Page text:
Ever since my childhood, there has always been a subtle emphasis on reading the classics. Many reasons are propounded - viz. reading them improves ones' mind, enhances the vocabulary, gives one a historical perspective etc. So much so that, those who read ordinary fiction as opposed to classics, were looked down upon. This is true for all literatures / languages.
During my adolescence I did read most of the classics. Some of them were part of the syllabus at school. But I've also been an avid reader of fiction, especially romantic fiction. I remember my dad reprimanding me during my teenage years for wasting my time on such novels. As with all teenagers, I was a rebel and did exactly what I was forbidden to do :)
To this day, I still enjoy romantic fiction even though I read serious subjects like philosophy and self-improvement too. Infact, even my mother enjoys them! She says that she loves to read about the different places, the cuisines, the cultures that are found in these romantic novels. One gets to travel to faraway places and enjoy the pleasures vicariously through their vivid descriptions and interesting conversation. I totally subscribe to this too - there is so much to learn even from such 'trashy' novels.
One of my all-time favorite books is by the queen of romantic fiction - Jane Austen. I thoroughly enjoy her book - Pride and Prejudice everytime I read it. The characters are so well-etched and their emotions described with such lucidity! Its about a romance between a gentleman's daughter with a rich, and seemingly snobbish, young man based in the backdrop of old-time Britain. Most people find this book boring - many of my friends, and even my hubby, are always asking me what I like about it. The very fact that, in the era of arranged matches in those times, a young lady actually turns down an eligible bachelor's proposal the first time round, and then proceeds to fall in love with him, when chances of him proposing again to her are next to nothing, was enough to hold my interest till the end. Also, a love match during the times when girls did not go to school, and did not work and so did not have any opportunity to find love, was a novelty. Besides, the conversations are the strength of this novel. The speech where the hero proposes to her, and the heroine's utterly civil rejection of his offer, is a highlight of the book.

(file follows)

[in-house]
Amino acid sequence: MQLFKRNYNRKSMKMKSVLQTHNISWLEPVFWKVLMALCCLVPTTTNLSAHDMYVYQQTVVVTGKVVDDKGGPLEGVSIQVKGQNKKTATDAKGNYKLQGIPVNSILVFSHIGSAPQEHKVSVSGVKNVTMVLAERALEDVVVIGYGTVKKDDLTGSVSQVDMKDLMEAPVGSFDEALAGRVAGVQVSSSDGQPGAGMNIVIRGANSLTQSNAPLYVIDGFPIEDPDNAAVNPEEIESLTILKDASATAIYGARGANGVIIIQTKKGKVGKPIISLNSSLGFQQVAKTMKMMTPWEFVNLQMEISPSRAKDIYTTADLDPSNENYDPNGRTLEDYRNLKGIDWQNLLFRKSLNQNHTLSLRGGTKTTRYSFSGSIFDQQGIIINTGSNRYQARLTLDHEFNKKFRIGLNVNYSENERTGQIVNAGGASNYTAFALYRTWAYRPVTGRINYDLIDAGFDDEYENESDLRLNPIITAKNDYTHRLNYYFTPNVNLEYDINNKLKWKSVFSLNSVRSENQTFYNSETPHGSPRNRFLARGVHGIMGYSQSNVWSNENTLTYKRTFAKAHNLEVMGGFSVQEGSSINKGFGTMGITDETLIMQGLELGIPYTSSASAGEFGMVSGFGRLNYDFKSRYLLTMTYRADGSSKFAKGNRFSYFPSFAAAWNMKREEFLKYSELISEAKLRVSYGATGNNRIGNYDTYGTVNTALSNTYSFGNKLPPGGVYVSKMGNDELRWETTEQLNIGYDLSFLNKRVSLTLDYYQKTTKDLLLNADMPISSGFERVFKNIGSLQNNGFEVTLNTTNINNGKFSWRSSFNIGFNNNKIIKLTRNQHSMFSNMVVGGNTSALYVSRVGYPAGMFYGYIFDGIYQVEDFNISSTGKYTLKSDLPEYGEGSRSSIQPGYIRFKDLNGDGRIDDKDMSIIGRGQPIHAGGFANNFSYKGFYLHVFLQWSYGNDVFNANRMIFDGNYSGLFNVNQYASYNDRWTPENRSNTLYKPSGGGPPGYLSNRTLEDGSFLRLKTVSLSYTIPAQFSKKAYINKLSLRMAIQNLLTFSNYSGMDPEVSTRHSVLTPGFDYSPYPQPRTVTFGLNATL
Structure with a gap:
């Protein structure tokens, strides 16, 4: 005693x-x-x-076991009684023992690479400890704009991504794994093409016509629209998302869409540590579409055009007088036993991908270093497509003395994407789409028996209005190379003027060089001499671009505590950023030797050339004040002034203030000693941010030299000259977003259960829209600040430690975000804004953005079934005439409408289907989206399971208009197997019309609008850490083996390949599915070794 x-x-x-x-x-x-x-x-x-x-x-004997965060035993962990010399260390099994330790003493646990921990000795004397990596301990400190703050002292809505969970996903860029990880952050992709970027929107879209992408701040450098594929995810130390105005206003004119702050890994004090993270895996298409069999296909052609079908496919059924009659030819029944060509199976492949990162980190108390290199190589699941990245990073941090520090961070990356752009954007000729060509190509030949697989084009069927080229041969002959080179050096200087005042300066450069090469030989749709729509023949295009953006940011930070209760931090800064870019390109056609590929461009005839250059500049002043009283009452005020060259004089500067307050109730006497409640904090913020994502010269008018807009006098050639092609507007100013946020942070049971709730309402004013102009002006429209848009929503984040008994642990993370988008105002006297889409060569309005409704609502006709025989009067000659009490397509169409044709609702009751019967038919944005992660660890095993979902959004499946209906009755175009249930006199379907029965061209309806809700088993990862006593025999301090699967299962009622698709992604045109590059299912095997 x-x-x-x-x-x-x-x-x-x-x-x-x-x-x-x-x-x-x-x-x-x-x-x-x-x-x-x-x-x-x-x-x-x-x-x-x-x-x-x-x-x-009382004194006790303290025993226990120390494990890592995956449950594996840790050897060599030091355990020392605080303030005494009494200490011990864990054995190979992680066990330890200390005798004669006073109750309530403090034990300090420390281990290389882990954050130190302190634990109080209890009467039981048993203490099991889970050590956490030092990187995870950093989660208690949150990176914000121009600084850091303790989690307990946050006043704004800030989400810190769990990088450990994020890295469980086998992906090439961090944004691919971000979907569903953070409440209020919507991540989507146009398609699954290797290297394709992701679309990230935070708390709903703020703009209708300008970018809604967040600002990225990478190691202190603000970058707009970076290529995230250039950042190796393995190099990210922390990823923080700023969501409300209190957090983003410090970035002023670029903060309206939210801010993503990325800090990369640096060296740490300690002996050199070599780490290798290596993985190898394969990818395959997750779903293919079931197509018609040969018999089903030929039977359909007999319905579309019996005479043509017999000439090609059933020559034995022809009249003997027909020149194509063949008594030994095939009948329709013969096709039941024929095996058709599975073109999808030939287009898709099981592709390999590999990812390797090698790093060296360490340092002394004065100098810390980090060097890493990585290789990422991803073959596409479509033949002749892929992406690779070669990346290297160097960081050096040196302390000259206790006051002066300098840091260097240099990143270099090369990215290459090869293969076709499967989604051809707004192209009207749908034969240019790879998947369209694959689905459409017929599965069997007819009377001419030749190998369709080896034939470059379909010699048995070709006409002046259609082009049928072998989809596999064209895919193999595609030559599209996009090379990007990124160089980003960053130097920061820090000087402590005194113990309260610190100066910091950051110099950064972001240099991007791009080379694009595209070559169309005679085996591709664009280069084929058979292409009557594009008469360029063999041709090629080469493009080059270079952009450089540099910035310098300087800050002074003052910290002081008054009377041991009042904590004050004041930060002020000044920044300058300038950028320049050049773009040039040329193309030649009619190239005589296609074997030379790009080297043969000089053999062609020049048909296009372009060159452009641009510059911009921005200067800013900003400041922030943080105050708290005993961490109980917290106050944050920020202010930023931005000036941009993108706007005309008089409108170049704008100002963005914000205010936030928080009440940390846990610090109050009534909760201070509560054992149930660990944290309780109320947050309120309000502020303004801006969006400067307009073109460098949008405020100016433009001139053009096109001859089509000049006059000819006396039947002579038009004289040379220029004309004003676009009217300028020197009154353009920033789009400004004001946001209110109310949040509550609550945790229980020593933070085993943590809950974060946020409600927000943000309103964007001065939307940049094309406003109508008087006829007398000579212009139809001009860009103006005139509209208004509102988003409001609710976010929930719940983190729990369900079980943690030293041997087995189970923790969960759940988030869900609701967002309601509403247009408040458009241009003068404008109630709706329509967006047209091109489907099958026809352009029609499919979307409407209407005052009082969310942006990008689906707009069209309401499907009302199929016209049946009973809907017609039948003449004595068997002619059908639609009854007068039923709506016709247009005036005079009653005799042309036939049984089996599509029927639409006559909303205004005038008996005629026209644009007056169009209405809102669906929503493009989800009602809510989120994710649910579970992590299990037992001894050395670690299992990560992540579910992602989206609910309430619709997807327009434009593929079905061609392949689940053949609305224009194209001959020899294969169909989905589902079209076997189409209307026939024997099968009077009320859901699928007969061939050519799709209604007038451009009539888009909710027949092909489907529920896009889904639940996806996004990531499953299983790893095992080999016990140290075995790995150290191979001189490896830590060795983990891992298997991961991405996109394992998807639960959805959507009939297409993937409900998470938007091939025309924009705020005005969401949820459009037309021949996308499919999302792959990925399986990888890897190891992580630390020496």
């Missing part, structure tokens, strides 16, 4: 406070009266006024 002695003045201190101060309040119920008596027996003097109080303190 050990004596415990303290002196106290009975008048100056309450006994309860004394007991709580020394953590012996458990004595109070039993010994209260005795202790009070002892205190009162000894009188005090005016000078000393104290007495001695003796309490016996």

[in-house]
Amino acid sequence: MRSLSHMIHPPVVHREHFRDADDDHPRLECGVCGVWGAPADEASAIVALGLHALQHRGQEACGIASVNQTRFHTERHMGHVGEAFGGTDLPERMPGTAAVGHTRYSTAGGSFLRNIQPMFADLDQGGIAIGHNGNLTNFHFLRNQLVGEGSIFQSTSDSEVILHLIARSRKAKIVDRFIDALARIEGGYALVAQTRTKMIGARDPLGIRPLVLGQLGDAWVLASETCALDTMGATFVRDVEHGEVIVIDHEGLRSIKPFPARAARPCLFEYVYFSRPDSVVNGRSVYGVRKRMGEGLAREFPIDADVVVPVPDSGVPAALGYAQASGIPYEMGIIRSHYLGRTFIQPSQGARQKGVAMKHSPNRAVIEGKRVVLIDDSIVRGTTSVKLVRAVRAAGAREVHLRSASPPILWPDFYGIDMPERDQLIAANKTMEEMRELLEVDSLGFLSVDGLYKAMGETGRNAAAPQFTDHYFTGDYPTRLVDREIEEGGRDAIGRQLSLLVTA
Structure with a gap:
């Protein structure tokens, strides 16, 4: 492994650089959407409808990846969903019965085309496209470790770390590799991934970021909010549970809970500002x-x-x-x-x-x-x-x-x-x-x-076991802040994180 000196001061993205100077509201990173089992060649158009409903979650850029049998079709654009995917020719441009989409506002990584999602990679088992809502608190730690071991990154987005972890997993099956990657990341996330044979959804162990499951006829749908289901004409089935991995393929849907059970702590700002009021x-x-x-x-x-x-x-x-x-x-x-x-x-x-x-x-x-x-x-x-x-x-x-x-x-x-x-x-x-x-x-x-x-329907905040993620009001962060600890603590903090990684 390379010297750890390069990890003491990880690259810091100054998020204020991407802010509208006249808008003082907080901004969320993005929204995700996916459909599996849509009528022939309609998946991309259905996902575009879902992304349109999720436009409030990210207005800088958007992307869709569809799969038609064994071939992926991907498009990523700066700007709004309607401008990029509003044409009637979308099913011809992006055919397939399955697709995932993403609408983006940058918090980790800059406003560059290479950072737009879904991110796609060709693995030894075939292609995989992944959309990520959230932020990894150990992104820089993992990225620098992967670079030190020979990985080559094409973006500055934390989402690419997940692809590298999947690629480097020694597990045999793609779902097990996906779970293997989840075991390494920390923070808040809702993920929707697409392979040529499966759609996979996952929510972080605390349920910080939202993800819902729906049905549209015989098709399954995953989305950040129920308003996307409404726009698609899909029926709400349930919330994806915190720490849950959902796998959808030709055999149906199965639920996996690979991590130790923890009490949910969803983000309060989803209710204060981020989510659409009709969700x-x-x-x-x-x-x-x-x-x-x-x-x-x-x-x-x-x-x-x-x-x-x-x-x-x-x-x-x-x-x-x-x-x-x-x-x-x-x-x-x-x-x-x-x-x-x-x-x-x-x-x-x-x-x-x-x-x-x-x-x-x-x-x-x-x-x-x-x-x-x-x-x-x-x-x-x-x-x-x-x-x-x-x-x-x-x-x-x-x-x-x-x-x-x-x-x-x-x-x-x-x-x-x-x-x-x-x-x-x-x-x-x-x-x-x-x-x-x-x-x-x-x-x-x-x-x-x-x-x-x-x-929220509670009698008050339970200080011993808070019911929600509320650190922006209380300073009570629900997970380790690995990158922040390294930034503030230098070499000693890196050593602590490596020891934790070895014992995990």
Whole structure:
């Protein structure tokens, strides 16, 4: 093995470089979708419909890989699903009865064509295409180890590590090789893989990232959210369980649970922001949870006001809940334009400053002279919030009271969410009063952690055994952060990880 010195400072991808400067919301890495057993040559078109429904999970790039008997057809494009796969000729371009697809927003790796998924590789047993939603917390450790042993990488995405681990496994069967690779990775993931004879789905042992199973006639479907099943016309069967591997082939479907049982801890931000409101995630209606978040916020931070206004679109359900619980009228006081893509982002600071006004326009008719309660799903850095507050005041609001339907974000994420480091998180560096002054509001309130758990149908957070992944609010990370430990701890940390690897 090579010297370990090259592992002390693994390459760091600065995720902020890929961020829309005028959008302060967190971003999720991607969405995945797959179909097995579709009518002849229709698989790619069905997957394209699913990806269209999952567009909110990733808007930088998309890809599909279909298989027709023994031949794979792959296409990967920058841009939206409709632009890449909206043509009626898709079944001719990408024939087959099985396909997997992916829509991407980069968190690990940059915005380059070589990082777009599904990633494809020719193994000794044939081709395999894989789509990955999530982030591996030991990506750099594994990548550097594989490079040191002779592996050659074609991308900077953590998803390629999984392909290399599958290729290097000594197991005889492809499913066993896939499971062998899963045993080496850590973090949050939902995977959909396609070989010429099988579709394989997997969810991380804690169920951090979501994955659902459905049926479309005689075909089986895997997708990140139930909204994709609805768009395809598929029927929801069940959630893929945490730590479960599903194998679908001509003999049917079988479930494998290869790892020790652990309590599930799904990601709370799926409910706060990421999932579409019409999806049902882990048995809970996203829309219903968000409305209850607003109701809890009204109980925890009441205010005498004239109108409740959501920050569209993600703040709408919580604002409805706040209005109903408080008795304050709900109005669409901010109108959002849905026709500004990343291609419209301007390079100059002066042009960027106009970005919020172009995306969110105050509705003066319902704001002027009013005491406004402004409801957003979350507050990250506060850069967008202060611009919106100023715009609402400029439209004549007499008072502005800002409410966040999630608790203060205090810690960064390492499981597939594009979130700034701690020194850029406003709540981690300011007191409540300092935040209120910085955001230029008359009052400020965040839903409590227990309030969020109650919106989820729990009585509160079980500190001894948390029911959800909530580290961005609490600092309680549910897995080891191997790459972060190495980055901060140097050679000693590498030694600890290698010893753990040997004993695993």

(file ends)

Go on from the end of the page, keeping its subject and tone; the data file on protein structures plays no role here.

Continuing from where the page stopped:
Recently, in a novel that I was reading, a mother soothes her daughter by saying - 'A man usually says what's on his mind, he does not bother to be polite". This was regarding a young man in the daughter's life and spoken in the context of a man-woman conversation. On reflection, I found it to be extremely accurate. Diplomacy and tact are really woman's weapons, most men speak their mind - at least most men of my acquaintance. They learn to be tactful only after marriage! Another novel had this gem - "If a man understands a woman well, then there is some % of femininity in his character and vice versa." This too is so true and profound. If there is a man who understands women, he is bound to be a bit sensitive and maybe less macho. Women tend to ignore such men and go after the brawny, heartless ones. Ditto for men - they tend to steer clear of the intelligent, discerning and ambitious women and then regret their choice of the frivolous, flighty females they married!
I've come to realise that it doesn't matter what you read, or watch; it is what you are able to take away from it that makes a difference. If you only get a romantic thrill from a romantic novel then it is bound to be transient, but if its a piece of knowledge then the book was not 'trashy'.